IDIOMS about boats and the sea

Fill in all the gaps, then press "Check" to check your answers. Use the "Hint" button to get a free letter if an answer is giving you trouble.
Britain is an island and people have always had to travel outbound by sea. Consequently, the English language is full of nautical idioms. Here are some. Fill the blanks.

1. He was a man clutching at a straw (he did everything possible to try to survive)
2. He was sheets to the wind (he was drunk)
3. He his colours to the mast (he made it clear to everyone whose side he was on)
4. He burned his (what he did made it impossible for him to go back)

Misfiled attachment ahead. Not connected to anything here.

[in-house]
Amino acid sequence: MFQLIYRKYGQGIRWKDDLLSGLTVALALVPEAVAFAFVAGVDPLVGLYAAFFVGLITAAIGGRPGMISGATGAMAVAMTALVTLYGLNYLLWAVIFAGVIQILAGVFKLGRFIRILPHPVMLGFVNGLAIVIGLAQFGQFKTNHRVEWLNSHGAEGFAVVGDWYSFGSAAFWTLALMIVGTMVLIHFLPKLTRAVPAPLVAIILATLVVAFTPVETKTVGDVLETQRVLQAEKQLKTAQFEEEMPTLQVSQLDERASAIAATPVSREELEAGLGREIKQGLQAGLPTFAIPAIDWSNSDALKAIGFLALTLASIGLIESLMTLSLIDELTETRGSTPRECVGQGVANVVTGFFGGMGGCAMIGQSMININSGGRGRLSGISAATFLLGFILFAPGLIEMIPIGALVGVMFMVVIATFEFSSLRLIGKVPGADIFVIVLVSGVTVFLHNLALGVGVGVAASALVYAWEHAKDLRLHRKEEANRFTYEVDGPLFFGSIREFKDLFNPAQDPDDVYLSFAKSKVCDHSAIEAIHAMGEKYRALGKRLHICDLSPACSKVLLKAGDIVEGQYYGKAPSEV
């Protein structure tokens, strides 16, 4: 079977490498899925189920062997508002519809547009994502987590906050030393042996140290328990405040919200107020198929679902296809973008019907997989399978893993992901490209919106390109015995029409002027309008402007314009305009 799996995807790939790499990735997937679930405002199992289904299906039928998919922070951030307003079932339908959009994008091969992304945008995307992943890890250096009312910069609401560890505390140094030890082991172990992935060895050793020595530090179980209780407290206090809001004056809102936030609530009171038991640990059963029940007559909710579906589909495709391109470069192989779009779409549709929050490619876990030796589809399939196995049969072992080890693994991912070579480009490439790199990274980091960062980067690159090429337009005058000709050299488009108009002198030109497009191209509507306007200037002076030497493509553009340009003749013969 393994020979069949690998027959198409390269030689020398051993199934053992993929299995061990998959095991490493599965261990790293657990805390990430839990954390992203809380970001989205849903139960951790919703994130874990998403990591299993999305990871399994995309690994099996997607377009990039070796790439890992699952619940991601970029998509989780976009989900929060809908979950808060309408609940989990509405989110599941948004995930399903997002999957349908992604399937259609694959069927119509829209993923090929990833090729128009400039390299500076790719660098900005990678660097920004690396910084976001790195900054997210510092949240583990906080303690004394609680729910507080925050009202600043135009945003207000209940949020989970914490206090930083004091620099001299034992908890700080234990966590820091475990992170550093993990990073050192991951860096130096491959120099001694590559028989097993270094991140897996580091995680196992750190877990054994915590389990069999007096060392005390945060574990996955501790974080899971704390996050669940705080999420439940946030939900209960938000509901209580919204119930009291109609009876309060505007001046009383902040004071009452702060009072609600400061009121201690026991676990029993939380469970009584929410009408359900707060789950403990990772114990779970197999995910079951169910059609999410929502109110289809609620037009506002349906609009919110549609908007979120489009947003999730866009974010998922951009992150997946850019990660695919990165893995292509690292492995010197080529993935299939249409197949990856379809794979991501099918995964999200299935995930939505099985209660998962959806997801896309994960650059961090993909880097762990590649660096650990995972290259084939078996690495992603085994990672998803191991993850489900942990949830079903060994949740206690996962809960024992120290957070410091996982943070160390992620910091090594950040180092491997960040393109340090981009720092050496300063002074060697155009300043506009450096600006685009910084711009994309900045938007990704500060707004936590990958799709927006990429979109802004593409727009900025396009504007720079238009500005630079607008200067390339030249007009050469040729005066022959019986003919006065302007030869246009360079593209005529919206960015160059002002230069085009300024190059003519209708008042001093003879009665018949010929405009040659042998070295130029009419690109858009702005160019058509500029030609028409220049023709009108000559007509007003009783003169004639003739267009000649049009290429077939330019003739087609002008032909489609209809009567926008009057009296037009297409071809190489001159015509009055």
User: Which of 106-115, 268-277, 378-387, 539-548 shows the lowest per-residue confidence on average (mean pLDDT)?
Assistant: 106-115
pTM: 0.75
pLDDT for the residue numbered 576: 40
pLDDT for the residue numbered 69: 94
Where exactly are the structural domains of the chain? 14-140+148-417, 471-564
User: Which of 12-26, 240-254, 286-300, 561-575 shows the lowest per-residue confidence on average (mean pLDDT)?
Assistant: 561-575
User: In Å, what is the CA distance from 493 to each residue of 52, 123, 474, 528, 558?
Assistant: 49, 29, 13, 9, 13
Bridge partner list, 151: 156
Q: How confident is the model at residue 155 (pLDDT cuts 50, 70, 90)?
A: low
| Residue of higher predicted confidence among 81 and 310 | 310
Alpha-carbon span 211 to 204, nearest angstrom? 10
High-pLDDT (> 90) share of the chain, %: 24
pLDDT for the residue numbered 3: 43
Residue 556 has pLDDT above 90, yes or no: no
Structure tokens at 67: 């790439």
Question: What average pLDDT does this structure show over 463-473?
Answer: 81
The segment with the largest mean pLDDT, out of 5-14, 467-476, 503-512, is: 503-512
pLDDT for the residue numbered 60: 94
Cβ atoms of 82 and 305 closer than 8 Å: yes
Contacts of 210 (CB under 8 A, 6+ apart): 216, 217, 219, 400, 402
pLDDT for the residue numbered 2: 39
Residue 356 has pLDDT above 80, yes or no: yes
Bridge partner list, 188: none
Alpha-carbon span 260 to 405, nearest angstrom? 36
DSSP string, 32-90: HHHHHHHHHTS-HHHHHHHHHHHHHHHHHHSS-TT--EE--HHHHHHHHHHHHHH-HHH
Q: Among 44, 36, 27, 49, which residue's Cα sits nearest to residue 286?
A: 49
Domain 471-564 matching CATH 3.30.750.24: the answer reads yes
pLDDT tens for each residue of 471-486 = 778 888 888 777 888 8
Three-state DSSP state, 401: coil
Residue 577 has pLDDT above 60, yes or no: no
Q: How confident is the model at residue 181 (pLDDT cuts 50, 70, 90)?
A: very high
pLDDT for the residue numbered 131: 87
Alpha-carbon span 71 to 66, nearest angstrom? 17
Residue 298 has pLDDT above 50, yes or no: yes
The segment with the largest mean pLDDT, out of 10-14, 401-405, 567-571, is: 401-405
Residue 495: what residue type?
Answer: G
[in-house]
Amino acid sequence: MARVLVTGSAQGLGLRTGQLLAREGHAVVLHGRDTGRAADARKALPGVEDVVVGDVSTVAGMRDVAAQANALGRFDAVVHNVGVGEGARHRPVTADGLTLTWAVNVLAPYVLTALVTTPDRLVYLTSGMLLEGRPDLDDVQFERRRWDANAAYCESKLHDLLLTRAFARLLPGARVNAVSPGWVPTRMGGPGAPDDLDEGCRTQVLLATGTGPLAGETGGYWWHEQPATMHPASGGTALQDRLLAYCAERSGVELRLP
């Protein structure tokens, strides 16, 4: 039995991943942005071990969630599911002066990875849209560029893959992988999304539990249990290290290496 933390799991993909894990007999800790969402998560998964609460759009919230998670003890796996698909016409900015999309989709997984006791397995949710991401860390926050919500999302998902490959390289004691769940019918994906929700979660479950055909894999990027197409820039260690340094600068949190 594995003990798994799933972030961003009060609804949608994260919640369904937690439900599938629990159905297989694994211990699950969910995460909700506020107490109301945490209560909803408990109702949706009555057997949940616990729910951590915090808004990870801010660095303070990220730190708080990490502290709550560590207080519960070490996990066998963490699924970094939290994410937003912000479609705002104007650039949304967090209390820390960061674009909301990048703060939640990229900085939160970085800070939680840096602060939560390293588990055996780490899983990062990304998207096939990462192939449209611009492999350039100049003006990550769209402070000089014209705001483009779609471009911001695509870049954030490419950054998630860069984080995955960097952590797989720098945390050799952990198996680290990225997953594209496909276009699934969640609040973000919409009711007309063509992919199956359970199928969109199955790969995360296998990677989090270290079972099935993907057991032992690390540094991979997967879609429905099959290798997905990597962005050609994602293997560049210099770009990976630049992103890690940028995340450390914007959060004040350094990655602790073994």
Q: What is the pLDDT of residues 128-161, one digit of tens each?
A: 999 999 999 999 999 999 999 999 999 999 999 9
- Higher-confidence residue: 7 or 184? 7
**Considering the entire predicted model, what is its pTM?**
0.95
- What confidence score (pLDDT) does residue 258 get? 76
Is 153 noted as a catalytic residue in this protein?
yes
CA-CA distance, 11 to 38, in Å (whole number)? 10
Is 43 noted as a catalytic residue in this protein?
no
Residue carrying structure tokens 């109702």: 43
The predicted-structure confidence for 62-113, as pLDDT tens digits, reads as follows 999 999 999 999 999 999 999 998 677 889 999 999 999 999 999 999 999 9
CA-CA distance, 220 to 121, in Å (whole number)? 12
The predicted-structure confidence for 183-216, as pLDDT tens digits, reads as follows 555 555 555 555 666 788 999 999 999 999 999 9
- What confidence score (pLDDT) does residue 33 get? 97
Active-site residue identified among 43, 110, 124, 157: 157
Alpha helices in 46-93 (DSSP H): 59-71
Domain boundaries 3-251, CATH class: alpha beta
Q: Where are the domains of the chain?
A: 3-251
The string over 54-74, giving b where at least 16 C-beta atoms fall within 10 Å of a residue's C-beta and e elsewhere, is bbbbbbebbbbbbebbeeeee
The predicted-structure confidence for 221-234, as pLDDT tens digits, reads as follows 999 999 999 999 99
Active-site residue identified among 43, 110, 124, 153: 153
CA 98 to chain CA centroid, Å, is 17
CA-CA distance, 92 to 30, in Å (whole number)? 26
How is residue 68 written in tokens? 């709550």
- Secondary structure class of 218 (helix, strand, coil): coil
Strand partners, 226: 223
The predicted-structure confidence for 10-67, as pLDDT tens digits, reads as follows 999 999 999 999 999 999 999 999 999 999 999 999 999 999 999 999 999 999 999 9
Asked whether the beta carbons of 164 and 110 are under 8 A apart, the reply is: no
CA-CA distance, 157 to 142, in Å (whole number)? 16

5. He's in Jones' Locker now (he's dead)
6. He was a low ebb (he was depressed; he felt low)
7. He was deep water (he was in serious trouble)
8. He finally fathomed everything (he was able to see the situation clearly at last; he was successful in finding out the truth)
9. He was told not to the boat (he was asked to leave things as they were, in case it caused more difficulties)
10. We gave him a berth (when we saw him we kept as far away from him as possible)
11. He was on the crest of a (he was at the top of his success)
12. We were all in the boat (all of us will suffer if things go wrong)
13. He certainly pushed the boat (he celebrated)
14. He sailed to the wind (he took risks - usually erring towards being illegal))
15. He was between the Devil and the deep sea (both alternatives were equally dangerous for him)
16, She took the out of his sails (she dented his pride; humiliated him; knocked him back)